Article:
Parshat Mikeitz and Being a Shoulder to Lean on

This post is dedicated in memory of Shlomo ben Aryeh Zalman. May it be an aliyah for his neshama
Elisheva Maline
If your friends got you thrown in jail for a crime you didn't commit, and you fell into a state of despondency, who could blame you? It's not really a good time to lay on the tough love. When Yosef's Egyptian boss, Potifar, has the young Jew chucked into prison after Potifar's wife accuses Yosef of making illicit advances, we can imagine he's pretty depressed. Instead of bemoaning his fate, however, Yosef does something astonishing. He continues living. 

Right now, Jerusalem is covered in fog and rain. Almost no one is out of doors; in fact, most people have retreated into the comfort of their homes. Perhaps this is why this week's Parshat Mikeitz is there with its storage house of dreams and dream jobs. When humanity shacks up on the darkest nights of the year, we could use a little glimmer in the gloom. Where does the glow come from? The glow is Yosef's amazing optimism: it permeates everything, even his fellow prisoners.

Usually, the atmosphere at prison is pretty bleak. There's the man in the orange jumpsuit, sitting hunched over on his thin mattress. He doesn't look like he's got any day plans. Then suddenly, his ears register the sound of chirping and he glances up in time to catch a blue bird hopping around on the bars of his teeny window before it takes off. His face darkens and he returns to staring at the floor. Jail is no picnic scene, so when two new Egyptian prisoners look extra dispirited one day, no one asks them what's wrong. What's not wrong, after all? They're in jail. Yet Yosef notices that something is bothering them, "And Yosef came up to them [these two inmates] in the morning... and saw that they looked troubled.... And he asked, 'Why do you look so sad today?'" (Gensis 40:6-7).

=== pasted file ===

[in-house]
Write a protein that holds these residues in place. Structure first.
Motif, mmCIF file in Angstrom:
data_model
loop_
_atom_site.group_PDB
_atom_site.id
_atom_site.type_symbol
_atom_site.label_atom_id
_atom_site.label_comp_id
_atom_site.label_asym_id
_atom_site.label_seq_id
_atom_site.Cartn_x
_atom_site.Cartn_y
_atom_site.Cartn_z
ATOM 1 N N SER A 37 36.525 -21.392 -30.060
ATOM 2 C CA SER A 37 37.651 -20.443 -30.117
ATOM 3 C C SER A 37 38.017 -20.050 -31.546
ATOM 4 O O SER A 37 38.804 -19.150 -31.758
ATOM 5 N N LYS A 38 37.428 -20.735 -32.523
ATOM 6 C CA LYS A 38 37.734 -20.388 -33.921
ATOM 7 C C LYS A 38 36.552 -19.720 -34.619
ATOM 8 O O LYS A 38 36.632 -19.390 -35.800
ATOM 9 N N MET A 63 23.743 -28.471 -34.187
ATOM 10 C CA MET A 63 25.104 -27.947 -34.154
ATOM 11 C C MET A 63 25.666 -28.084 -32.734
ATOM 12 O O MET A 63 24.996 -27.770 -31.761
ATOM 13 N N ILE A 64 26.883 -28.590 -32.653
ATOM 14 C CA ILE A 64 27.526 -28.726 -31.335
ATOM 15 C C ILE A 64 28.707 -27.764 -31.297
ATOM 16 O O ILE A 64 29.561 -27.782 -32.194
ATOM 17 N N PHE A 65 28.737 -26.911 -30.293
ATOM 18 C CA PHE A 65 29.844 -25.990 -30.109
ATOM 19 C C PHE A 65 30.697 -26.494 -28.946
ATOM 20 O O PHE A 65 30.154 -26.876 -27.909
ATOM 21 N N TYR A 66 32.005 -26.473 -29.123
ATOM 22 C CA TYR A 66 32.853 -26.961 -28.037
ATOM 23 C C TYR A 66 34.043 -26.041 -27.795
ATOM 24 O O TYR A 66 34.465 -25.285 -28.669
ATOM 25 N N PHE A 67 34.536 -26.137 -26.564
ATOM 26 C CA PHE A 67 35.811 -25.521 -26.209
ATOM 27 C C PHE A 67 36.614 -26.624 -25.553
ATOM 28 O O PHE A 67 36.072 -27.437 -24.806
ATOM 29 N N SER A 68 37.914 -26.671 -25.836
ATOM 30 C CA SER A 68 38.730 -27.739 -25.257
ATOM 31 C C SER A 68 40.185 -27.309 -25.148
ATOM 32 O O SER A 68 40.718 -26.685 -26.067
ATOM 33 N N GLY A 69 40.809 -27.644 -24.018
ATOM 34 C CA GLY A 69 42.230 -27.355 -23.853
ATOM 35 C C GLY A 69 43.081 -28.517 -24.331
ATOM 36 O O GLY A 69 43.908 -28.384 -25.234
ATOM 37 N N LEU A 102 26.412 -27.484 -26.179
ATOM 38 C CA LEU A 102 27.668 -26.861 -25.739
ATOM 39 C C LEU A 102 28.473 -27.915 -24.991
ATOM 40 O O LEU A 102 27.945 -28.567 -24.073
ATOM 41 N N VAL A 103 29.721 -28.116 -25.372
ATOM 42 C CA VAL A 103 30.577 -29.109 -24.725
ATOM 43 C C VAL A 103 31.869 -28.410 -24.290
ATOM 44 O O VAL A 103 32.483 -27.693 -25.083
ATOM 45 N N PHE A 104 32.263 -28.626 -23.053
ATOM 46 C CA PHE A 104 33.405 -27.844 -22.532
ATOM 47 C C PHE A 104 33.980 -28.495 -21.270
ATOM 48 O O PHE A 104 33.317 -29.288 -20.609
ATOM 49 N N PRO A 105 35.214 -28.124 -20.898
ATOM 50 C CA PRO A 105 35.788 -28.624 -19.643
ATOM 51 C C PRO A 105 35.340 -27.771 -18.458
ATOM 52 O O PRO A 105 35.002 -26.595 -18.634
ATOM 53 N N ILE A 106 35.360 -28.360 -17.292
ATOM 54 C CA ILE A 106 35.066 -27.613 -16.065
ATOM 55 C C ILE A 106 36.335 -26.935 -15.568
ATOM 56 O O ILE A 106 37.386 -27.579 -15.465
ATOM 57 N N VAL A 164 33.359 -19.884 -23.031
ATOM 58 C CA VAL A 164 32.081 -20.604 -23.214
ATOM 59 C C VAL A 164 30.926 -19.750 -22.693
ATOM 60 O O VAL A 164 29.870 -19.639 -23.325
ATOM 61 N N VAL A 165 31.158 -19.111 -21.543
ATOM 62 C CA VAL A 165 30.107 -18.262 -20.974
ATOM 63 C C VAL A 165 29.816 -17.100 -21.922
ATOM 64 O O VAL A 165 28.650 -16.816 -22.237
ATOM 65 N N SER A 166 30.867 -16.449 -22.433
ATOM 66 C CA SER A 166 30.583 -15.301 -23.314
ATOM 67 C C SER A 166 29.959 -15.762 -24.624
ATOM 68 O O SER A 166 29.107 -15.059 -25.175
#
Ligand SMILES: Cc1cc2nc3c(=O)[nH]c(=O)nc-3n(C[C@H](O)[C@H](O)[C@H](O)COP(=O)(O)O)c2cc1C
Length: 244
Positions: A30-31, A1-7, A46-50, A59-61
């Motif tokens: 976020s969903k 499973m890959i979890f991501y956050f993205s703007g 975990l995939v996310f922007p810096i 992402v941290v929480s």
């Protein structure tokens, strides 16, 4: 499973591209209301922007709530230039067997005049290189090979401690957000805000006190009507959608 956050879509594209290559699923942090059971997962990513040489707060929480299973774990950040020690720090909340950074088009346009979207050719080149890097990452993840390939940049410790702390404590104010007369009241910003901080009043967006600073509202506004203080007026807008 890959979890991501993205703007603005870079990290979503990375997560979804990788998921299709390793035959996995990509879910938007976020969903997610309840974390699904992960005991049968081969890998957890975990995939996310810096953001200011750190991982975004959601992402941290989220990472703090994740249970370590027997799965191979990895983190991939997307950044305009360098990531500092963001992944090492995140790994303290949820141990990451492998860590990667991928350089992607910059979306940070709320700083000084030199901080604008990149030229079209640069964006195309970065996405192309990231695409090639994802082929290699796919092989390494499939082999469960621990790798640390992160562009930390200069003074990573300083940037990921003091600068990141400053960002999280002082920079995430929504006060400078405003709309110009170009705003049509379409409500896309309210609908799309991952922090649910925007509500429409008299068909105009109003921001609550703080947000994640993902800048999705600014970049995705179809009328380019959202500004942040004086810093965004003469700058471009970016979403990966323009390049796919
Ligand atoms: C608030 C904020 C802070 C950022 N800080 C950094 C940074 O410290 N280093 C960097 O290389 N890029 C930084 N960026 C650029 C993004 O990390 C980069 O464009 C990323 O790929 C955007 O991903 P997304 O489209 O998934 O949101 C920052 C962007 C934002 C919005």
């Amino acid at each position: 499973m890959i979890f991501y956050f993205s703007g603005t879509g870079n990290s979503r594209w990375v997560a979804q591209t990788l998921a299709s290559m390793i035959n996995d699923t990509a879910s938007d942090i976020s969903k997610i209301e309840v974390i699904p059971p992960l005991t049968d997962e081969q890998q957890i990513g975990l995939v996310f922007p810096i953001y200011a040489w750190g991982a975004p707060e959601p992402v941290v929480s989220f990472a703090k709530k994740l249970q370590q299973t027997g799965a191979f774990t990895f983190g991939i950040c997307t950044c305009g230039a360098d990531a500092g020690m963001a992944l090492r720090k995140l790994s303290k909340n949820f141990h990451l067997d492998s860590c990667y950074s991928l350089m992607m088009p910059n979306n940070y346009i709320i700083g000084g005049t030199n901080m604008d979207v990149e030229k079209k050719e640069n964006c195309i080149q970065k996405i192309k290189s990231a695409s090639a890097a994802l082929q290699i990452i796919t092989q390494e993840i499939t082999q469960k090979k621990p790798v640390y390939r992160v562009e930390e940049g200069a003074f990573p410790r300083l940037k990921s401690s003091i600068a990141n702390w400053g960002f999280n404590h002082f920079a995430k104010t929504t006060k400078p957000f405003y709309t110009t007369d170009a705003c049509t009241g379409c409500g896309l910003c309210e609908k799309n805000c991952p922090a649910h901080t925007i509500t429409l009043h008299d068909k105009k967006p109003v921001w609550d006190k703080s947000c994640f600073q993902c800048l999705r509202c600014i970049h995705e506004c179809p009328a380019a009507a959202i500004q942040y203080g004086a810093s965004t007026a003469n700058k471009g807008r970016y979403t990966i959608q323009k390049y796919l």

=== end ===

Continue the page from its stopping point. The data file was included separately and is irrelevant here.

You know what happens next. Yosef's interpretation of the royal cup bearer and baker's dreams come true. The royal cup bearer goes back to work and the baker goes to his death. Meanwhile, Pharaoh is having dreams of his own about skinny cows eating fat cows and it's really weirding him out. It takes the cup bearer two years to remember Yosef and his unusual gift (which is a lesson in and of itself). He recommends Yosef's services and bam! the young Jew gets catapulted into the second to best job in the kingdom, viceroy. 

Although Yosef lived in Egypt with the same purity he had grown up with in his father's home he didn't do it by cutting off from his surroundings. He was very much involved with the lives of everyone around him. And that simple question,  'Why do you look so sad today?' was enough to change his life for the better. Obviously, Hashem (G-d) is always the One orchestrating events behind the scenes. Yosef was meant to become second in command to Pharaoh. From the viewpoint of nature, however, the young Jew displayed a thoughtfulness that showed he was worthy of becoming a leader. 

When you fill your time up with kind deeds, it cheers everyone up, including you. Not only that but when Hashem sees you helping His children, He will return the favor. Even when you have every excuse to be lachrymose, don't use grey skies as an excuse to get wrapped up in yourself. Focus on giving to others instead. "Get busy living." 

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